Vehicle operator-licensing plans for Northern Ireland

Published:  15 October, 2009

NEWCASTLE: Merchants in Northern Ireland will have to comply with a new, more stringent vehicle operator licensing system next year.

Minister for the Environment, Edwin Poots, announced plans to introduce legislation covering operator licensing to Northern Ireland's commercial road transport industry.

Speaking at the Freight Transport Association's Transport Manager seminar in Newcastle on Tuesday, Poots said: "Similar legislation, which has been in existence for many years in England, Scotland and Wales, will be a welcome addition to Northern Ireland. It has widespread support from commercial vehicle operators. After extensive consultation I am pleased to support this new programme of legislation for O-licensing."

He said the time was now right for the introduction of the scheme and he will take the Goods Vehicle (Licensing of Operators) Bill to its consideration stage at the Northern Ireland Assembly, which will go to the next stage of parliamentary deliberation before the end of this year and is expected to enter into law in 2010.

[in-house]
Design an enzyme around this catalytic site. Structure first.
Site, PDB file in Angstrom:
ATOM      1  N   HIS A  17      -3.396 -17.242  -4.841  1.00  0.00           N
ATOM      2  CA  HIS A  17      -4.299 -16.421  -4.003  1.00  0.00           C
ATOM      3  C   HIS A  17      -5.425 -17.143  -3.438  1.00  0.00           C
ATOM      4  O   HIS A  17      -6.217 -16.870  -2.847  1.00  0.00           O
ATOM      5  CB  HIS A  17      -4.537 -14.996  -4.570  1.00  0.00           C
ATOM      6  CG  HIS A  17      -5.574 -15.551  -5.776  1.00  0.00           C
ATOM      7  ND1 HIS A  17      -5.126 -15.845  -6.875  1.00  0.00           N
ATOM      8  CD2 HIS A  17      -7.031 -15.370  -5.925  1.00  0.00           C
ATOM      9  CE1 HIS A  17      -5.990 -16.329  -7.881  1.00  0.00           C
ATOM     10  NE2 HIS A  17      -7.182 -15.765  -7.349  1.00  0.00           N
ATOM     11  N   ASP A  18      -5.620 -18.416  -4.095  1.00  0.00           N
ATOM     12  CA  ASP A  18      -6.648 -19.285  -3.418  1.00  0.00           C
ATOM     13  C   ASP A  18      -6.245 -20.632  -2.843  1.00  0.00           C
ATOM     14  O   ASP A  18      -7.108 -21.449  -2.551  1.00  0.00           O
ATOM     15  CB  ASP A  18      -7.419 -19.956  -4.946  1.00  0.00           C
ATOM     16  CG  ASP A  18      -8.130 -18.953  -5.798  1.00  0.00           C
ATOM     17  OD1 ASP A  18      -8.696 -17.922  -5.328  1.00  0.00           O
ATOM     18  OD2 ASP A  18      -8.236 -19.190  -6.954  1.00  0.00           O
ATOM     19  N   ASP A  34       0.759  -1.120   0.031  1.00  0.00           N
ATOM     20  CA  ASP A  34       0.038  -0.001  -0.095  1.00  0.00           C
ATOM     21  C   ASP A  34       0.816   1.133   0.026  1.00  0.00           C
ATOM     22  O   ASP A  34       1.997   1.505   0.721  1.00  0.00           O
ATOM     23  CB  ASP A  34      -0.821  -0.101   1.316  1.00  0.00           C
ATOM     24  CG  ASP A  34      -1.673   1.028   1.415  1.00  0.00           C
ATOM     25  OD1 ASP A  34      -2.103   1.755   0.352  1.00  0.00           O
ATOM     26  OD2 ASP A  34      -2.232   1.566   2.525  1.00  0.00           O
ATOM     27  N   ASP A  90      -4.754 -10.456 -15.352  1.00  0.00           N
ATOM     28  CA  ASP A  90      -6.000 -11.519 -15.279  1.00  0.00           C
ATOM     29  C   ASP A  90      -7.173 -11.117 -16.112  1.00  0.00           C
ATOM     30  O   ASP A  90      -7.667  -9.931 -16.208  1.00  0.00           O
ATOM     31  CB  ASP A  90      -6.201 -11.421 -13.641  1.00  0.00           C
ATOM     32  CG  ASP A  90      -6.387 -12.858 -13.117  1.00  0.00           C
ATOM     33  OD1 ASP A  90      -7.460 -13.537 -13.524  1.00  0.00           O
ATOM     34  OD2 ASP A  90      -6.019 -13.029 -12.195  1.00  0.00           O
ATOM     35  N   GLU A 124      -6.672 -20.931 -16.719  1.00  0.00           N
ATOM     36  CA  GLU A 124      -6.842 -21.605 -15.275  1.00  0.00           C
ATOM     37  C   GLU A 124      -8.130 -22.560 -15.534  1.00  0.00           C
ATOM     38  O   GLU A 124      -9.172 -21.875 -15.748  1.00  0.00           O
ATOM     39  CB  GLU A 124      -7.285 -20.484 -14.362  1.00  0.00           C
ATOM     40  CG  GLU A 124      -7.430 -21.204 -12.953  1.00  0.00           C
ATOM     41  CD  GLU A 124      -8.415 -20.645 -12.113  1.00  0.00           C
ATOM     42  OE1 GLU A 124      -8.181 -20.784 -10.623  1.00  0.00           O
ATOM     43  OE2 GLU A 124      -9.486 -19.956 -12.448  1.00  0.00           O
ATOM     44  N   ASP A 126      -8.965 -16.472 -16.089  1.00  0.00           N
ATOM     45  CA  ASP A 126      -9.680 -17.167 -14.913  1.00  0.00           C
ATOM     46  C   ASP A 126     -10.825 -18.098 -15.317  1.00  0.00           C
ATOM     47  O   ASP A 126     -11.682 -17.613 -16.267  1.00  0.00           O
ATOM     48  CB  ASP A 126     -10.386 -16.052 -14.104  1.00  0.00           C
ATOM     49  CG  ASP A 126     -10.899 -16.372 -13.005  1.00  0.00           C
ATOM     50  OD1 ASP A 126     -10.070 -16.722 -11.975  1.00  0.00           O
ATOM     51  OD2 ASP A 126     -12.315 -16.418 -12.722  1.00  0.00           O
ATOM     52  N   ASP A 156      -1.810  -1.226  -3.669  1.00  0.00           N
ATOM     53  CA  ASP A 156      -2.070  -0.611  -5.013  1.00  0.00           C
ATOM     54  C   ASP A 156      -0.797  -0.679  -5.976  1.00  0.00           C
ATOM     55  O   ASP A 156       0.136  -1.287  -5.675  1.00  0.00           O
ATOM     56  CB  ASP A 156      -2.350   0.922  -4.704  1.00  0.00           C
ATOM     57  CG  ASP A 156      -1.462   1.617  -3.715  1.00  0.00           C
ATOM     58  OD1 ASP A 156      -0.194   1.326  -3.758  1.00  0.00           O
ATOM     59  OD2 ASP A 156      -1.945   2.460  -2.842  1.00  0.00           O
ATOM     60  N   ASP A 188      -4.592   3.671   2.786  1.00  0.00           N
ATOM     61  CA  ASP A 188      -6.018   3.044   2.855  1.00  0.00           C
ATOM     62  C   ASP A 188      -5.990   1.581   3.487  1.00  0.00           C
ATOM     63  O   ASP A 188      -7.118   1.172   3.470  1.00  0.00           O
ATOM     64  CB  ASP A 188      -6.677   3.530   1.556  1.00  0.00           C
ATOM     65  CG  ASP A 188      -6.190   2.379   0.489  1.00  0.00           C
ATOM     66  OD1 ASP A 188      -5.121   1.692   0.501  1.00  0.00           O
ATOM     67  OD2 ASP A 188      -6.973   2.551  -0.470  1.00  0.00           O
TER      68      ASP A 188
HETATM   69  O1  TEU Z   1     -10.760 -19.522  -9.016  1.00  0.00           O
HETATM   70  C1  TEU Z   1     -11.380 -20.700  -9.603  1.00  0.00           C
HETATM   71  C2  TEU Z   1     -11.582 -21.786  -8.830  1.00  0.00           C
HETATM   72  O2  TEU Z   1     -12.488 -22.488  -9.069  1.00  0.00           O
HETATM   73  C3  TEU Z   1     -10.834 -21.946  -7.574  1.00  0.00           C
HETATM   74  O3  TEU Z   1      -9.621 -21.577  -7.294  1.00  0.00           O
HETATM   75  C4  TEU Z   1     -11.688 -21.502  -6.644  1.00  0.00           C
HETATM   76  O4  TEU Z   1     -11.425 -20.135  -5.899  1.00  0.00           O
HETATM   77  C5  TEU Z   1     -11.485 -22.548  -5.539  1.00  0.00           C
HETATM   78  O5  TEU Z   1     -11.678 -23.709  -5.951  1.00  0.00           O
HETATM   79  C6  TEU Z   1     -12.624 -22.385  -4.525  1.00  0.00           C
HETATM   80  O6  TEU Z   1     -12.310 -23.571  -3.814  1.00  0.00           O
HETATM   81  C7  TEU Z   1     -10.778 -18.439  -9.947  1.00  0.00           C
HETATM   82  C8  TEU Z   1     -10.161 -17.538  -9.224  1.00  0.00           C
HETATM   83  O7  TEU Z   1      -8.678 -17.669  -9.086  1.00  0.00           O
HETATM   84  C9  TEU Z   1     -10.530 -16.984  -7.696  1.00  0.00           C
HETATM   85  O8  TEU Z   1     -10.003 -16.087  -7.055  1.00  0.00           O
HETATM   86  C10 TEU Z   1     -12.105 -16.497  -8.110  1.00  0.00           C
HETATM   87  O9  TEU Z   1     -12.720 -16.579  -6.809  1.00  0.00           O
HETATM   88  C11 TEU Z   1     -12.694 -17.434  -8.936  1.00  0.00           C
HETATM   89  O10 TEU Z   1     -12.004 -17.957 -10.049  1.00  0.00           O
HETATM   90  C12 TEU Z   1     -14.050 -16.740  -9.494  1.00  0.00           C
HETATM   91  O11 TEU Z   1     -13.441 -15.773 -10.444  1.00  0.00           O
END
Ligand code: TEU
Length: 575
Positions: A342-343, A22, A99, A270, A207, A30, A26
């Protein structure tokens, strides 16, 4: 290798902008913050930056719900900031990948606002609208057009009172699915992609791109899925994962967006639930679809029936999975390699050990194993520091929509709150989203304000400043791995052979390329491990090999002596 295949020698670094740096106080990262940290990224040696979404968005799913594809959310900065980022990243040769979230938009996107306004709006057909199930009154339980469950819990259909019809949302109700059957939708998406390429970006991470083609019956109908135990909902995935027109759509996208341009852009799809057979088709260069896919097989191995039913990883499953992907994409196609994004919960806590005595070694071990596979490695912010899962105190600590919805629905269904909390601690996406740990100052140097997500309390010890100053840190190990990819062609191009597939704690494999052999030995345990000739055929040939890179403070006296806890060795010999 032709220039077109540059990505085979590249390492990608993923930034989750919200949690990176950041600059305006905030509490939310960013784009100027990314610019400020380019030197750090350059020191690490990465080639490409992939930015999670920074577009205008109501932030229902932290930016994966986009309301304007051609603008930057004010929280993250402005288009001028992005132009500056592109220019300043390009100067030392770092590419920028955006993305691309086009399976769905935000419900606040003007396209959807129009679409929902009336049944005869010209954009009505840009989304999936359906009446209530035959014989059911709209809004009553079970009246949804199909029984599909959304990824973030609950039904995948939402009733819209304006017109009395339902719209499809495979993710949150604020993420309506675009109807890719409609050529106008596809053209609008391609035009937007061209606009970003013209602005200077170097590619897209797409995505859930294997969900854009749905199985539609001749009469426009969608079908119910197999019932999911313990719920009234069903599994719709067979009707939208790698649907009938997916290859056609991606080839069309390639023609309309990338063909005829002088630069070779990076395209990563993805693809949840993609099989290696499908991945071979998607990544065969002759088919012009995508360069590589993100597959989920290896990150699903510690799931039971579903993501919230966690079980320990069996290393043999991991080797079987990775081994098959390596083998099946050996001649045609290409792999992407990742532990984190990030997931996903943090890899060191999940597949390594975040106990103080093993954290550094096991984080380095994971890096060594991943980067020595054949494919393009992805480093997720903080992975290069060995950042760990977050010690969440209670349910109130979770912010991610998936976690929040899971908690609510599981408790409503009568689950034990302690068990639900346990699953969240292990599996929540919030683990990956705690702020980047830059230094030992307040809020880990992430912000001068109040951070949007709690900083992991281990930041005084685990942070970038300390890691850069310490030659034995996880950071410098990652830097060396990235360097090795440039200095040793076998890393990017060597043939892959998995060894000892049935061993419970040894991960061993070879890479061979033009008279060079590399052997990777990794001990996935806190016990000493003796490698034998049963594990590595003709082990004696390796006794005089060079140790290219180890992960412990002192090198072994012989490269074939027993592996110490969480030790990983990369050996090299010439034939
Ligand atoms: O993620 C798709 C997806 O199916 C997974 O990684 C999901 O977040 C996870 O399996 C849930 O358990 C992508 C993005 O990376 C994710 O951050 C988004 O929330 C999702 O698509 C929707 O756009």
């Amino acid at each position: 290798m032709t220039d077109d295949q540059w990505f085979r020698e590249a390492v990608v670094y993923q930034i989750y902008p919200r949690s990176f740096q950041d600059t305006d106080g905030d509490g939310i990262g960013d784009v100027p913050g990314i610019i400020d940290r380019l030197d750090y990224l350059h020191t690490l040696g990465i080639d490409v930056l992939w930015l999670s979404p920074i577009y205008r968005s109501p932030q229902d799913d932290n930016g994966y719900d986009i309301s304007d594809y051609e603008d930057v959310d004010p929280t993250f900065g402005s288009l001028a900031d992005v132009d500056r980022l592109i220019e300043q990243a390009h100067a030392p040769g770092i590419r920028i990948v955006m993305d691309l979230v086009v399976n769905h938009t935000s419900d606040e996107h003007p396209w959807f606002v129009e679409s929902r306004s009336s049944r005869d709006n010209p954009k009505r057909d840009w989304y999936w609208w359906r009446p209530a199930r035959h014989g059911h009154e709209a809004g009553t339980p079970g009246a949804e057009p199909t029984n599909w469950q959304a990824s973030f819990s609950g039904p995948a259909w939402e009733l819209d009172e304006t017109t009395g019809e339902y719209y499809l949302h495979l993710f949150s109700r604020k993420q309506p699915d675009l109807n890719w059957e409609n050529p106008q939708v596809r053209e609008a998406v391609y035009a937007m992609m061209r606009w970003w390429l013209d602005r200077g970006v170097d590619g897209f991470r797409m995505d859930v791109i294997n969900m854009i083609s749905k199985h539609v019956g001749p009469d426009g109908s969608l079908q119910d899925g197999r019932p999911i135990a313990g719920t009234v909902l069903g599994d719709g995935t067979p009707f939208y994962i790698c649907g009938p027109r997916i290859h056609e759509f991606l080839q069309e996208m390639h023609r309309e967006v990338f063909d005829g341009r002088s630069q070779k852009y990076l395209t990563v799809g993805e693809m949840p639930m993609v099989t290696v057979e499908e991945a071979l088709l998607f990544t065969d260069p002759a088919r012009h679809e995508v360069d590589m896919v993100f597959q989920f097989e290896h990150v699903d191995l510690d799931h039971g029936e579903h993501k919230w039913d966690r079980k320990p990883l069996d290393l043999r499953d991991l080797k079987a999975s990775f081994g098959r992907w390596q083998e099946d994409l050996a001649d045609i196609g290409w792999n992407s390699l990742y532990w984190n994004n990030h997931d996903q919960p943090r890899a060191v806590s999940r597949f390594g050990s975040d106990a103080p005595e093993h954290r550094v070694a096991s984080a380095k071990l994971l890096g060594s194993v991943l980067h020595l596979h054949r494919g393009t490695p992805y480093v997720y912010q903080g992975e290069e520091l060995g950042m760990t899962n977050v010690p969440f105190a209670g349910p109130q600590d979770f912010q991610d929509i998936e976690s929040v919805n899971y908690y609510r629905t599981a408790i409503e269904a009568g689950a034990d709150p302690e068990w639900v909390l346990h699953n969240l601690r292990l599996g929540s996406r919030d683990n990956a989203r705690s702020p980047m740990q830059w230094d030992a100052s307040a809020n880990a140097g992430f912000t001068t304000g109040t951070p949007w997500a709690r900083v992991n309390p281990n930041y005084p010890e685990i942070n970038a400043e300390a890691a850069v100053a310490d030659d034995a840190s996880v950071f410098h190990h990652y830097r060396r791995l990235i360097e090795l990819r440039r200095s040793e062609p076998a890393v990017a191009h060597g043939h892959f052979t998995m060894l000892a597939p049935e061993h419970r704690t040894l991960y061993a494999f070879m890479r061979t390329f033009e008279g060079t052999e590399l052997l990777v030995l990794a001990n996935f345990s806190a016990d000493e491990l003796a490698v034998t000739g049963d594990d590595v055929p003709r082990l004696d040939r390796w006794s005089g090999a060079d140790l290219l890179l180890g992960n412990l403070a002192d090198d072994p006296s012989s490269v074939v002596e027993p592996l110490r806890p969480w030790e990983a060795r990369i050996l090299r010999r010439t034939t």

Tom Wilson, the FTA's head of policy for Northern Ireland, said: "O-licensing is well overdue and will improve the overall safety standards of all commercial vehicles on our roads making the roads a safer place to travel for everyone and repairing the damage to the image and reputation caused by non-compliant operators in Northern Ireland who do not aspire to the highest standards. This is a welcome step in raising the standard of Northern Ireland's road safety as well as creating a position of fairer competition within the industry and I thank Mr Poots for having the foresight to take it forward."

Vehicles operating in Northern Ireland have a higher MOT failure rate than the rest of the UK. Of the 26,267 vehicles presented for testing at the Driver and Vehicle Agency testing stations across Northern Ireland 45.4% of four-axle rigid vehicles, 37.3% of rigid vehicles, 32.2% of articulated lorries, and 26.1% of trailers failed roadworthiness tests.

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